How to Finish and Stain Wood

Right from the start, be assured there is no perfect wood treatment. All are compromises between durability, appearance, and ease of application, so you must know what final effect you want before you start.

Staining is not always essential. Many craftsmen abhor the use of wood colouring, maintaining that if something is not the right colour, a different wood should have been used in the first place. For re-finishing, however, you are bound to be ‘matching up’. Dyes and stains have traditionally been used to make cheap wood look better, or to give a uniform appear­ance to a hodge-podge of timbers in one construction. Different woods behave differently with the same application, so test your colour on inconspicuous parts.

Brazilian cherry hardwood floor

Some stains darken if you put more on; some do not. Some are difficult to apply evenly, but do not fade; some are easy to apply, but are not so light-fast. The actual colouring agent can be a pigment, which does not soak into the wood, or a dye, which does. Finishes also penetrate, or lie on the surface. They dry by evaporation, or by reaction with the air. Waxes and oils are-absorbed into the wood, allowing it to breathe and move, and give a warmth unequalled by harder finishes. Oils do not alter the texture of the wood, and waxes, like the scented carnauba and bees’ waxes, add their own aroma to a wood’s distinctive smell; neither oils nor waxes, however, protect the surface from dents, although some oils are very good for heat and water­ resistance. Waxes need a lot of maintenance; oils give a flat, dull sheen which you do not get with any other finish. Teak and Danish oils contain synthetic resins, which add to their durability and ease of application.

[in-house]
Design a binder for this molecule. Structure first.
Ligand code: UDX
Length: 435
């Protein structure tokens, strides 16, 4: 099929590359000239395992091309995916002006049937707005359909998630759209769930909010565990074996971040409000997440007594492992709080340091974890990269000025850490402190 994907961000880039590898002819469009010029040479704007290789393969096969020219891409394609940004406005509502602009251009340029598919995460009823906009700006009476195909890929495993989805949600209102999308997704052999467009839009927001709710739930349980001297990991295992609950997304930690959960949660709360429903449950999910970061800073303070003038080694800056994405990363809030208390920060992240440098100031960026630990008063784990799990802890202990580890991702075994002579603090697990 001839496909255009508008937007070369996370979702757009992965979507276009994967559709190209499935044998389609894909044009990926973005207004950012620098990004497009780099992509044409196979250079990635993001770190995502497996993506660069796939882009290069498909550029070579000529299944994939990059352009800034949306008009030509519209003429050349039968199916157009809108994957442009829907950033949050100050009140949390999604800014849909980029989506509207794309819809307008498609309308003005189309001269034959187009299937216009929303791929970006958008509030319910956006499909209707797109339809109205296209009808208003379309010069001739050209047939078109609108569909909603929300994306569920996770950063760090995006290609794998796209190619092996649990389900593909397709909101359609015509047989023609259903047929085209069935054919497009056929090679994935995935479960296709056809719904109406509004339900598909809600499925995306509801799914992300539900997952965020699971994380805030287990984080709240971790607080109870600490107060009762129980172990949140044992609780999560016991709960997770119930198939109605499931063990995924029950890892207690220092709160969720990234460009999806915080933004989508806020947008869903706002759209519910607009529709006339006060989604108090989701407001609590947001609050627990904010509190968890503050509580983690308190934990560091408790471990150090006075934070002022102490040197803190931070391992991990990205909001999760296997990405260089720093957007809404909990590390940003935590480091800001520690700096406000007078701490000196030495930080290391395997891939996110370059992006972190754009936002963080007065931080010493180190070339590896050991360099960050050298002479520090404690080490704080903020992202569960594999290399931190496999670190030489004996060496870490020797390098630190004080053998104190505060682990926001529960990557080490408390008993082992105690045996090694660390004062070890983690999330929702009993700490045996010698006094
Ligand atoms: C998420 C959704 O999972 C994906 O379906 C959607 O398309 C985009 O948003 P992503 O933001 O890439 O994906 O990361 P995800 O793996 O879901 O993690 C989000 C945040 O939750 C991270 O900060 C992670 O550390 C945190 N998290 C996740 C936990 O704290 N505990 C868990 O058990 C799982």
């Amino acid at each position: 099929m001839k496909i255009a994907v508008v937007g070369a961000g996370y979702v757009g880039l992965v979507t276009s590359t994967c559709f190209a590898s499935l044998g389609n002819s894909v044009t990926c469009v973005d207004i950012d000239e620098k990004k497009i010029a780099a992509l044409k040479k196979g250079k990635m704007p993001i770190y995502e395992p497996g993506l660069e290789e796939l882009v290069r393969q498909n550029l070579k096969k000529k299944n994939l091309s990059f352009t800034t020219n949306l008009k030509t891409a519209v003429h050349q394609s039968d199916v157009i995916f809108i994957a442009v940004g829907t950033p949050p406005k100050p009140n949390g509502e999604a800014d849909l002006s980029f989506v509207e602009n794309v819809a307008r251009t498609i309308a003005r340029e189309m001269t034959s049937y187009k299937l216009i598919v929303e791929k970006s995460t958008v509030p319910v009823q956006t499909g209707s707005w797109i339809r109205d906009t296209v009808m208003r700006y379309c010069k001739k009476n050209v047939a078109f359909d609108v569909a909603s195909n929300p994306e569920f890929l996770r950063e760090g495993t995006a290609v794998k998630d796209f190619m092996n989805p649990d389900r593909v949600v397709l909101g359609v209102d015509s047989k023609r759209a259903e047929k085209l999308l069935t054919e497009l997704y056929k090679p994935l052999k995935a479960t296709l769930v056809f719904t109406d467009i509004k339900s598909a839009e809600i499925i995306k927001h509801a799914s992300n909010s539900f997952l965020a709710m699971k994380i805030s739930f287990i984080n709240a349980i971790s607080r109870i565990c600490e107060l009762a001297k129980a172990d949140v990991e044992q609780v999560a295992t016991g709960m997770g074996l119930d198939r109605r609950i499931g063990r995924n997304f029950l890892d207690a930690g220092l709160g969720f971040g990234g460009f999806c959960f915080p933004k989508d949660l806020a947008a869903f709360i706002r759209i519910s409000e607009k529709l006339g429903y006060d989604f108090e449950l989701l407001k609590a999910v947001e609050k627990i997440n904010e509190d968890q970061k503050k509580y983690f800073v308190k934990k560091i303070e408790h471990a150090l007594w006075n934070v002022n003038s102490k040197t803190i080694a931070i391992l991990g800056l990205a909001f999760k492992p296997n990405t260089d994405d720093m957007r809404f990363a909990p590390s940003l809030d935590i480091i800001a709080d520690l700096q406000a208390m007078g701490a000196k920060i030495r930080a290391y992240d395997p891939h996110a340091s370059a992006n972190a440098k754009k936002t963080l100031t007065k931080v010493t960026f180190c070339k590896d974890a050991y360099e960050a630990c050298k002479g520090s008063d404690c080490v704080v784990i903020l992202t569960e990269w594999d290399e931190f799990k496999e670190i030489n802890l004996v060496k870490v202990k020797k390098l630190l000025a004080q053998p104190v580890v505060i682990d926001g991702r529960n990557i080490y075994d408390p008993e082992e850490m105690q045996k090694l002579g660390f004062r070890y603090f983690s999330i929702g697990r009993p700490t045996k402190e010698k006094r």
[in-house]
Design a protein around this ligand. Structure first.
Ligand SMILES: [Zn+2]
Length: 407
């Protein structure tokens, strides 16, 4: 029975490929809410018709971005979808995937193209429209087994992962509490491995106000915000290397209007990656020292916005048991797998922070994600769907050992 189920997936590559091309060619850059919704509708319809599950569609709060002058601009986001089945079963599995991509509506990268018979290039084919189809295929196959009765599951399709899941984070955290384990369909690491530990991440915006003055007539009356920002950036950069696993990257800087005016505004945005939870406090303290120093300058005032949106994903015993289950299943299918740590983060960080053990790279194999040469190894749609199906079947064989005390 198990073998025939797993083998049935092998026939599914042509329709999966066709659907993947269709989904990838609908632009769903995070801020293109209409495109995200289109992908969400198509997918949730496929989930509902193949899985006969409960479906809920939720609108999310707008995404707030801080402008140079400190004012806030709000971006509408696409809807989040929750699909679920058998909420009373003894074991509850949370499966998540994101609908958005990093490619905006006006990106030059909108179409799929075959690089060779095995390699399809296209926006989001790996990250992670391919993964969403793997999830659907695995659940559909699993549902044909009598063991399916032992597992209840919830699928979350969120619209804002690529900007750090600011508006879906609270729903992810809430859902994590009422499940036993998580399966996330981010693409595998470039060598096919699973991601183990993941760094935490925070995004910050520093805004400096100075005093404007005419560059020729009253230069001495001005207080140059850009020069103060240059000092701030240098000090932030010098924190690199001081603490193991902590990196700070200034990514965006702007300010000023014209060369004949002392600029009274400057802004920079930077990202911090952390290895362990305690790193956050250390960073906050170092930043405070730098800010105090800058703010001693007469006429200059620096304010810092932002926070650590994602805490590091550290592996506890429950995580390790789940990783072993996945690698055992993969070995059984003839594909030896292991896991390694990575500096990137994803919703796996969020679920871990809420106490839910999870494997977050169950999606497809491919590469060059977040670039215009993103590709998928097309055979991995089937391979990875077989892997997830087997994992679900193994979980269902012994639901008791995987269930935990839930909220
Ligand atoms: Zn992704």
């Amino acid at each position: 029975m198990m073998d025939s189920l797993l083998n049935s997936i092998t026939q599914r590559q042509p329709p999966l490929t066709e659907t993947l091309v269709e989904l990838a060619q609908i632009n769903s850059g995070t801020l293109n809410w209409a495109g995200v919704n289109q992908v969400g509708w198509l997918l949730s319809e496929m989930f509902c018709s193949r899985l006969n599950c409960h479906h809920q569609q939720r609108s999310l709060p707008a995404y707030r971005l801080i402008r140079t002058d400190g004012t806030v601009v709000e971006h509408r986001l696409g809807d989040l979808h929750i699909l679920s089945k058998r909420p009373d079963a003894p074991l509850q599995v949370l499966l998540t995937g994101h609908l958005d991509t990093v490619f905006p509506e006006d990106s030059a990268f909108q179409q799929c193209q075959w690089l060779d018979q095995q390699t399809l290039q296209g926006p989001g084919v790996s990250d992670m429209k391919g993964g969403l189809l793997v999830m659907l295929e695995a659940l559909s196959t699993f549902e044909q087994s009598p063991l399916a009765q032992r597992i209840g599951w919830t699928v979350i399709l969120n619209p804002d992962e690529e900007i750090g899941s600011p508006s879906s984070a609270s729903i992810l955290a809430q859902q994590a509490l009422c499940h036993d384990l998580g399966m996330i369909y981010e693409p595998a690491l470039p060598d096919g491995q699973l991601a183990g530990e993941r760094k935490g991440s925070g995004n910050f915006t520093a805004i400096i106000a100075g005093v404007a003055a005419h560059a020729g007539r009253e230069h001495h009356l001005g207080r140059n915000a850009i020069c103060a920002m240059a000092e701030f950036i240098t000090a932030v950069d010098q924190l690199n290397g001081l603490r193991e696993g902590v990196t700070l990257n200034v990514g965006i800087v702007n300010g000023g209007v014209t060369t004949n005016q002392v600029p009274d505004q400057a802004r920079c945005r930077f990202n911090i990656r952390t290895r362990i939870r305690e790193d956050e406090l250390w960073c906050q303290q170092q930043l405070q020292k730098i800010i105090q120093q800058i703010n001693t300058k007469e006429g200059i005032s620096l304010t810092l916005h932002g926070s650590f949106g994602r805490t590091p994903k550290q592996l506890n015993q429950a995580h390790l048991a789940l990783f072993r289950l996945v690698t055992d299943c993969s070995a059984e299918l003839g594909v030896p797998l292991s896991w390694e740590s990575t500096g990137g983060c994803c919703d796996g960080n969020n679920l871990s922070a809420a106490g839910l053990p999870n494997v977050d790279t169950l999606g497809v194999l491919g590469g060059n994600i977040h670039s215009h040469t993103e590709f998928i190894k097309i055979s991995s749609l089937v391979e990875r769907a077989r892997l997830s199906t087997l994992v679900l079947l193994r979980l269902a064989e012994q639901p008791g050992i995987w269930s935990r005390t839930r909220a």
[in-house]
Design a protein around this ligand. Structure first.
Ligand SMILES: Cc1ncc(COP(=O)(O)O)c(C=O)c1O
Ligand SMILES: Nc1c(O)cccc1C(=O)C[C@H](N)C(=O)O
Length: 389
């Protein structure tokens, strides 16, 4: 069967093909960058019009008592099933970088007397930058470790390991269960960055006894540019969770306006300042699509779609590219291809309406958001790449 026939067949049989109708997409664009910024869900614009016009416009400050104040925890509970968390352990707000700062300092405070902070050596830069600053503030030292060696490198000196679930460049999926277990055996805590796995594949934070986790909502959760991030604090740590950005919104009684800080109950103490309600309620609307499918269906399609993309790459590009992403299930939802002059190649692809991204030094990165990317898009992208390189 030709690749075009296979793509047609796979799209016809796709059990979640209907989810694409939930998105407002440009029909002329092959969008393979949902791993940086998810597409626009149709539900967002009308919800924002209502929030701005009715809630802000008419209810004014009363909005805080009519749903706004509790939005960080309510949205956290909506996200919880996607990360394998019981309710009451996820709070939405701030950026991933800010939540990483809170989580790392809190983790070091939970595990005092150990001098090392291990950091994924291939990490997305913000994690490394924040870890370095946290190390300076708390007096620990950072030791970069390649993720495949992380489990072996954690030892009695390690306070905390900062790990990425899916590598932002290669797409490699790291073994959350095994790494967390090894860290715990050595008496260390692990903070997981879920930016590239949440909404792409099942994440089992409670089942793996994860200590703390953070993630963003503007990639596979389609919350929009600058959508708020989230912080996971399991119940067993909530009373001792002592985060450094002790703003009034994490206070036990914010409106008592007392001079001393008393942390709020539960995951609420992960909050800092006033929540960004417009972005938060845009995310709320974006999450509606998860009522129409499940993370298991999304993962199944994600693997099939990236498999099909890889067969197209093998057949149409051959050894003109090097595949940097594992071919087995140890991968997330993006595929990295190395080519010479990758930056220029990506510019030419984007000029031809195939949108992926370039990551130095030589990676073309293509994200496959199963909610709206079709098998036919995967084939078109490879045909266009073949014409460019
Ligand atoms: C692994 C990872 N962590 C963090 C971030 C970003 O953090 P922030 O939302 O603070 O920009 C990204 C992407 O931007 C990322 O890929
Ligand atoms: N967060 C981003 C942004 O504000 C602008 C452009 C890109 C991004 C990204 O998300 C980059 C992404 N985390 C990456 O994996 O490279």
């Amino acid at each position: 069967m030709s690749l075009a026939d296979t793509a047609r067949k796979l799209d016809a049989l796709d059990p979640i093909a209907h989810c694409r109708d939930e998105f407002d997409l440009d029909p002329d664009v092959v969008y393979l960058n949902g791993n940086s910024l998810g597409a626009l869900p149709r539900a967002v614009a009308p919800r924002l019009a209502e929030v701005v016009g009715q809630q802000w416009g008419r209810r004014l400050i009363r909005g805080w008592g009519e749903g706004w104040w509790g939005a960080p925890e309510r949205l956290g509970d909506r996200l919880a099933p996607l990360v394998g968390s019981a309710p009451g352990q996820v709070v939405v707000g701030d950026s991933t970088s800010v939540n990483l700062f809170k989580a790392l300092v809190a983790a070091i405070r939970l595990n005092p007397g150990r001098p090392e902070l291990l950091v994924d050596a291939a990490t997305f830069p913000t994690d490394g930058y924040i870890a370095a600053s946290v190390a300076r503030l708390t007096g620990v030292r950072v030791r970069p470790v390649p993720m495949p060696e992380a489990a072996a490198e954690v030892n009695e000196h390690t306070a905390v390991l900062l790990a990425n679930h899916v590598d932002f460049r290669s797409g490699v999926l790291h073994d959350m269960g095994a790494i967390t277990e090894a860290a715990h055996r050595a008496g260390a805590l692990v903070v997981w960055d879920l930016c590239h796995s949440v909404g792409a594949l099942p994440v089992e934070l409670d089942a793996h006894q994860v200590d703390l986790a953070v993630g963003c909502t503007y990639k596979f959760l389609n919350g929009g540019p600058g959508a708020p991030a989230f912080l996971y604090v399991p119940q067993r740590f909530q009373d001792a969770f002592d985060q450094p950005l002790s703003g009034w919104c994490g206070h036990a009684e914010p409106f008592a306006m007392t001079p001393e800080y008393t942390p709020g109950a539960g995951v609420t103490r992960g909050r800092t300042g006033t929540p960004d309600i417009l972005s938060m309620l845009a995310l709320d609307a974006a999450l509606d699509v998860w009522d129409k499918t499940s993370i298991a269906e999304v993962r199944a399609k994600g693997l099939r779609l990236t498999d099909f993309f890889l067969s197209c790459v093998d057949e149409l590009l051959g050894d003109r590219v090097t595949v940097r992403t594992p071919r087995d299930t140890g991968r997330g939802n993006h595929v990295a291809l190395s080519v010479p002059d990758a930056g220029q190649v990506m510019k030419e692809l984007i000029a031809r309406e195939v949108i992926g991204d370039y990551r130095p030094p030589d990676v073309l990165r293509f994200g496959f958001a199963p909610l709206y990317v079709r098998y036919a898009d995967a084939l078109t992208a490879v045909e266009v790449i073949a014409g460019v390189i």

French polish, the shellac finish of tradition, is prized for its clarity, brilliance and depth. It is soft enough to allow the wood to move a little, but it does need protection from liquids and sunlight. While not as difficult to apply as you might think, it requires more processes and a special ‘knack’.

There is quite a range of hardness and methods of application even among the varnishes. The traditional types are based on natural resins and gums, the modern ones on synthetic resins – alkyds, phenolics, or polyurethanes. Phenolic-based spar or marine varnish is softer to allow wood movement; polyurethanes are household-hard but difficult to apply well.

Stain Wood

Lacquers are either cellulose or synthetic, and be­cause of their speed of drying, most used in furniture production. If you can master spraying – which is not difficult – there is no real reason why they cannot be considered as alternatives to french polish, but it is difficult to apply them with a brush. The vapours they give off are highly noxious, which is perhaps why they do not find their way on to the domestic market.

Filed Under: Home & Maintenance


About the Author: Jason Prickett loves to write about home maintenance and stuff you can do yourself instead of hiring any professional. His step by step guides will assist you in completing your home maintenance tasks.

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